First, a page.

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My Last Duchess: Power and Conflict Analysis

My Last Duchess was published in 1842. Browning based the poem on Alfonso II, the Duke of Ferrara, who lived in the sixteenth century. He was very rich and collected paintings. He married the fourteen-year-old Lucrezia de Medici in 1558, but she died two years later. There were rumours that she had been poisoned.


That’s my last Duchess painted on the wall,
Looking as if she were alive. I call
That piece a wonder, now; Fra Pandolf’s hands
Worked busily a day, and there she stands.
Will’t please you sit and look at her? I said
“Fra Pandolf” by design, for never read
Strangers like you that pictured countenance,
The depth and passion of its earnest glance,
But to myself they turned (since none puts by
The curtain I have drawn for you, but I)
And seemed as they would ask me, if they durst,
How such a glance came there; so, not the first
Are you to turn and ask thus. Sir, ’twas not
Her husband’s presence only, called that spot
Of joy into the Duchess’ cheek; perhaps
Fra Pandolf chanced to say, “Her mantle laps
Over my lady’s wrist too much,” or “Paint
Must never hope to reproduce the faint
Half-flush that dies along her throat.” Such stuff
Was courtesy, she thought, and cause enough
For calling up that spot of joy. She had
A heart—how shall I say?— too soon made glad,
Too easily impressed; she liked whate’er
She looked on, and her looks went everywhere.
Sir, ’twas all one! My favour at her breast,
The dropping of the daylight in the West,
The bough of cherries some officious fool
Broke in the orchard for her, the white mule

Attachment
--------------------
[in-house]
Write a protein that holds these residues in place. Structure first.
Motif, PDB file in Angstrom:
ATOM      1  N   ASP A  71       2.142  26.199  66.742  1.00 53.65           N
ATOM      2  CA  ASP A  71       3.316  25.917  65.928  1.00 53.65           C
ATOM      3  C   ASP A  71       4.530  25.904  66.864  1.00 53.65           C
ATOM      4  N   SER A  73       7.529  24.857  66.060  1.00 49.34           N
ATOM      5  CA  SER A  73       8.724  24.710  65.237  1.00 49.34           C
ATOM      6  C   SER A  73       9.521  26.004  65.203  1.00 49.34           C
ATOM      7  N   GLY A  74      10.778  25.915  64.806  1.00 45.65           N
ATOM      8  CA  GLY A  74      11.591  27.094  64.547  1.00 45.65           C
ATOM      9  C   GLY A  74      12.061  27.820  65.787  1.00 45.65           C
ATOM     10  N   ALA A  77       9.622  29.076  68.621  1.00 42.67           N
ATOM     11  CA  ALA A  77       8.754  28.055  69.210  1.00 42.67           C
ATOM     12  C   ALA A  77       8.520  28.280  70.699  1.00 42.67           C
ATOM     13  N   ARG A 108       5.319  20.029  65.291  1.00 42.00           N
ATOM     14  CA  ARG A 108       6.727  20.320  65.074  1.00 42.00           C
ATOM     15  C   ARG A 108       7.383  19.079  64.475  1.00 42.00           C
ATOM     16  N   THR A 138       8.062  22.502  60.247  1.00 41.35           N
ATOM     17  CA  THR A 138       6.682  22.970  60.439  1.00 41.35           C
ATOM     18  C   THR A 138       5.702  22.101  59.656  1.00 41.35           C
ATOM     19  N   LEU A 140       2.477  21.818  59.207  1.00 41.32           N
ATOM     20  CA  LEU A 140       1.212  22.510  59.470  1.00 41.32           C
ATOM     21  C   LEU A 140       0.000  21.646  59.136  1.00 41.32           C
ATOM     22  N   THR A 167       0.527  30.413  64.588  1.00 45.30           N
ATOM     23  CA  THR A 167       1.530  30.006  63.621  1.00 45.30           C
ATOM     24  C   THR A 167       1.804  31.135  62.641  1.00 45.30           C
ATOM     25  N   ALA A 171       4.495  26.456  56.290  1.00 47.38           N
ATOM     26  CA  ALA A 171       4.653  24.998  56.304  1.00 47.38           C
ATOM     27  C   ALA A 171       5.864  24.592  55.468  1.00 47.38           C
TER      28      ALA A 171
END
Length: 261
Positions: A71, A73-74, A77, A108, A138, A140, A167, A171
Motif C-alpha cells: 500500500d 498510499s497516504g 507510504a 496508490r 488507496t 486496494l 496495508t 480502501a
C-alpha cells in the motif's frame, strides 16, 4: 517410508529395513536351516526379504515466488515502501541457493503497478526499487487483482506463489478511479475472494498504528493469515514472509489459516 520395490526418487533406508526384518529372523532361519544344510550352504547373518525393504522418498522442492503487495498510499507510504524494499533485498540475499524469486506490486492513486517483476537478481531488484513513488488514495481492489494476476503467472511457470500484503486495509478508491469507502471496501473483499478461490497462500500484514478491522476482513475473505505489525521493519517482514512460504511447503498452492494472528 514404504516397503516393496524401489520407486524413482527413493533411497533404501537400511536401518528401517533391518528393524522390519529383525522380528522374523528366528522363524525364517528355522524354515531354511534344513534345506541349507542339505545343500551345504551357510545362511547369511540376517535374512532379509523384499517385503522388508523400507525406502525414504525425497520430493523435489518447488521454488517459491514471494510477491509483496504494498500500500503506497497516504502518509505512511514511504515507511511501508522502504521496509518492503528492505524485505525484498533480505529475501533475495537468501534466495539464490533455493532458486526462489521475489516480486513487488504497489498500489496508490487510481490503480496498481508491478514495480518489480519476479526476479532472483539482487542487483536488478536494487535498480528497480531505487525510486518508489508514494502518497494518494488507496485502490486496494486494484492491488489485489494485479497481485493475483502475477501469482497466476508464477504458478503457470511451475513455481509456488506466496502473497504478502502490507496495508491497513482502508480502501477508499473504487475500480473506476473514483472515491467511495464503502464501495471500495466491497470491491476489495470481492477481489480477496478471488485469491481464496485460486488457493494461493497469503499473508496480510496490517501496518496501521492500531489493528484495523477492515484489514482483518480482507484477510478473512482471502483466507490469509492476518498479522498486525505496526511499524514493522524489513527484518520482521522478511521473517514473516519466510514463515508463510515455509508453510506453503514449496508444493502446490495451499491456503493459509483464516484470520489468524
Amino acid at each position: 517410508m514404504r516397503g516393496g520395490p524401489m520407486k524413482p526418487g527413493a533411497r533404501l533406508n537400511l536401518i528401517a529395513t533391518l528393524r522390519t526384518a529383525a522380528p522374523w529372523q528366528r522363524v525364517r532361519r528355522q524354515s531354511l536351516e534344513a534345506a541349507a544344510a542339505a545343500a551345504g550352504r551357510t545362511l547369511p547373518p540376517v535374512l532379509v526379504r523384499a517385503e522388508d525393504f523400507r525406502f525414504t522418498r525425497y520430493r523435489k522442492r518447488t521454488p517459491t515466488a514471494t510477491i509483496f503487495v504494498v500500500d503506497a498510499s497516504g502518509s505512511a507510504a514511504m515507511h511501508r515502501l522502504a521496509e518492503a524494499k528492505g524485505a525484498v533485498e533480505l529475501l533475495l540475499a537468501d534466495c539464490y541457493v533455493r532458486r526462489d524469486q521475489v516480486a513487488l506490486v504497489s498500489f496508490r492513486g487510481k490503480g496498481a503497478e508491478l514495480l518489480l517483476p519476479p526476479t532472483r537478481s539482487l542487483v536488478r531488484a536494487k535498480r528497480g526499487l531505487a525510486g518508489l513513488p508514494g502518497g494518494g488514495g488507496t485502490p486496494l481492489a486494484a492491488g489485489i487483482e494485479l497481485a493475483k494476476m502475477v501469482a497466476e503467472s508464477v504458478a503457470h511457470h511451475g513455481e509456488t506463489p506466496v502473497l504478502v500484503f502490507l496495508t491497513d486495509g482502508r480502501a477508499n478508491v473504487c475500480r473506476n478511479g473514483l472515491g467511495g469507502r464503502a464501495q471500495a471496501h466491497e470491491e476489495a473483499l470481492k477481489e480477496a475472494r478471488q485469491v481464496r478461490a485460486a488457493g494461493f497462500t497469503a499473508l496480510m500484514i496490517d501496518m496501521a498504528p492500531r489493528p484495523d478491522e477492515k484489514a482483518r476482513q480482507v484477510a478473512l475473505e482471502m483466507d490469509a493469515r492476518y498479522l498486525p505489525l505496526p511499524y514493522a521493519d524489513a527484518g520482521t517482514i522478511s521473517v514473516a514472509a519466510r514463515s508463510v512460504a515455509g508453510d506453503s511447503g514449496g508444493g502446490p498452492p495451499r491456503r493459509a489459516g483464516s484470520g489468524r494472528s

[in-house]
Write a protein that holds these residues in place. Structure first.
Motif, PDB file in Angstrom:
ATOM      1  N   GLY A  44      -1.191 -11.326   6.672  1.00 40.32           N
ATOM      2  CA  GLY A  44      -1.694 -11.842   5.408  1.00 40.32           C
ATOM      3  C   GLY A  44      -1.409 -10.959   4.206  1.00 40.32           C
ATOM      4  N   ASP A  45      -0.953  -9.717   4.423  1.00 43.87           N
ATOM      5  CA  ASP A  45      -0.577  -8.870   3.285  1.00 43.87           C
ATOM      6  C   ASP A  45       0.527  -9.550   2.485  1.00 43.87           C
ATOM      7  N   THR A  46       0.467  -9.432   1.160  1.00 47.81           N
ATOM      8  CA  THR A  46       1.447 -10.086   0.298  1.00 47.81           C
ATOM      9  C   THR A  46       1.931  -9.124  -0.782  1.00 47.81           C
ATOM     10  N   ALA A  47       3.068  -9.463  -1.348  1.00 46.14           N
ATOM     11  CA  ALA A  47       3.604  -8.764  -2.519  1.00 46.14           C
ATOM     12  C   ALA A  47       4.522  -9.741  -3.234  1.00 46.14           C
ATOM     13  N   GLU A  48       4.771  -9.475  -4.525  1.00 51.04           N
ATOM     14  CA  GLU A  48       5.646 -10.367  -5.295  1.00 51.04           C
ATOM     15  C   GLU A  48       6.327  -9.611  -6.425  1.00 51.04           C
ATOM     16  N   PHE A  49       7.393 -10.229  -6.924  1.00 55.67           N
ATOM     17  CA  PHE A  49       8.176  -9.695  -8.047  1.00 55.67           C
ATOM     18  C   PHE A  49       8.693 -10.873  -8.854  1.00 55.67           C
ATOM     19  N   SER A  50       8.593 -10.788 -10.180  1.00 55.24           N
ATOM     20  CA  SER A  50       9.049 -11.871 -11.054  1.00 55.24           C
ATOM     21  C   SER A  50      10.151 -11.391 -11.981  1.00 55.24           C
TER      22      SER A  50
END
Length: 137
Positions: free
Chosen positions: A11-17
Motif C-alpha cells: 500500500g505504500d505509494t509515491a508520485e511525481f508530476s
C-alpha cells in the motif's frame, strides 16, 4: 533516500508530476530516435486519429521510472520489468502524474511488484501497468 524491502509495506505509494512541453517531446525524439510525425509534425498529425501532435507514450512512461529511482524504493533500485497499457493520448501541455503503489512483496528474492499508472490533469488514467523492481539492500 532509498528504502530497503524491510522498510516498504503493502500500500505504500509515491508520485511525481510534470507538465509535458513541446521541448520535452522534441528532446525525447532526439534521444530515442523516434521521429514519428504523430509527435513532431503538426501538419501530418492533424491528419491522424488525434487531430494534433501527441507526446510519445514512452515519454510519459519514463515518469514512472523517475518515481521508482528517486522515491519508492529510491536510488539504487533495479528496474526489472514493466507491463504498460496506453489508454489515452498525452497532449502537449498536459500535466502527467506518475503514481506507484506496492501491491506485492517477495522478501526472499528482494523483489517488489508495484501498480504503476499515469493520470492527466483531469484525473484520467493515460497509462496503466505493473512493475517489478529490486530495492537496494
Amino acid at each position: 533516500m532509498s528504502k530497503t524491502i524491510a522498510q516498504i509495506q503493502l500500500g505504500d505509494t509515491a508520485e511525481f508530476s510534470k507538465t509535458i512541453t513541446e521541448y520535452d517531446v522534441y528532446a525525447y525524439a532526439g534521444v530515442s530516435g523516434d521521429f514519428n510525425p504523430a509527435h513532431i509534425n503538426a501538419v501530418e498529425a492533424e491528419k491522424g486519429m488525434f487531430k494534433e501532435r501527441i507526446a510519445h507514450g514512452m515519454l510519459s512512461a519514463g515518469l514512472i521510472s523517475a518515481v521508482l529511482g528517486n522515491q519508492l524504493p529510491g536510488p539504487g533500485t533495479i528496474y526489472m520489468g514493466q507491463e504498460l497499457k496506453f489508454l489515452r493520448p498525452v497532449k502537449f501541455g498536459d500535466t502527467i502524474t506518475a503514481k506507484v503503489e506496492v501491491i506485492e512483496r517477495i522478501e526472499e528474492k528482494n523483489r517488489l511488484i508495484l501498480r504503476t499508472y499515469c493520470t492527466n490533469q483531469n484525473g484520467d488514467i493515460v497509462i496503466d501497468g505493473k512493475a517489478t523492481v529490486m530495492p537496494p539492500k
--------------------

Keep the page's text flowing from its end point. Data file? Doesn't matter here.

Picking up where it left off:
She rode with round the terrace—all and each
Would draw from her alike the approving speech,
Or blush, at least. She thanked men—good! but thanked
Somehow—I know not how—as if she ranked
My gift of a nine-hundred-years-old name
With anybody’s gift. Who’d stoop to blame
This sort of trifling? Even had you skill
In speech—which I have not—to make your will
Quite clear to such an one, and say, “Just this
Or that in you disgusts me; here you miss,
Or there exceed the mark”—and if she let
Herself be lessoned so, nor plainly set
Her wits to yours, forsooth, and made excuse—
E’en then would be some stooping; and I choose
Never to stoop. Oh, sir, she smiled, no doubt,
Whene’er I passed her; but who passed without
Much the same smile? This grew; I gave commands;
Then all smiles stopped together. There she stands
As if alive. Will’t please you rise? We’ll meet
The company below, then. I repeat,
The Count your master’s known munificence
Is ample warrant that no just pretense
Of mine for dowry will be disallowed;
Though his fair daughter’s self, as I avowed
At starting, is my object. Nay, we’ll go
Together down, sir. Notice Neptune, though,
Taming a sea-horse, thought a rarity,
Which Claus of Innsbruck cast in bronze for me!

Robert Browning 1842

Poem summary

The Duke of Ferrara shows a visitor the portrait of his last Duchess (former wife). He draws the visitor’s attention to her smile in the painting. He remembers how he became angered when she would give this smile too easily to others rather than reserving it for him. The Duke felt this showed ingratitude for the title (of Duchess) she gained in marrying him. He says he stopped her smiling altogether, hinting that he killed her. It is revealed that the visitor is here to arrange his next marriage.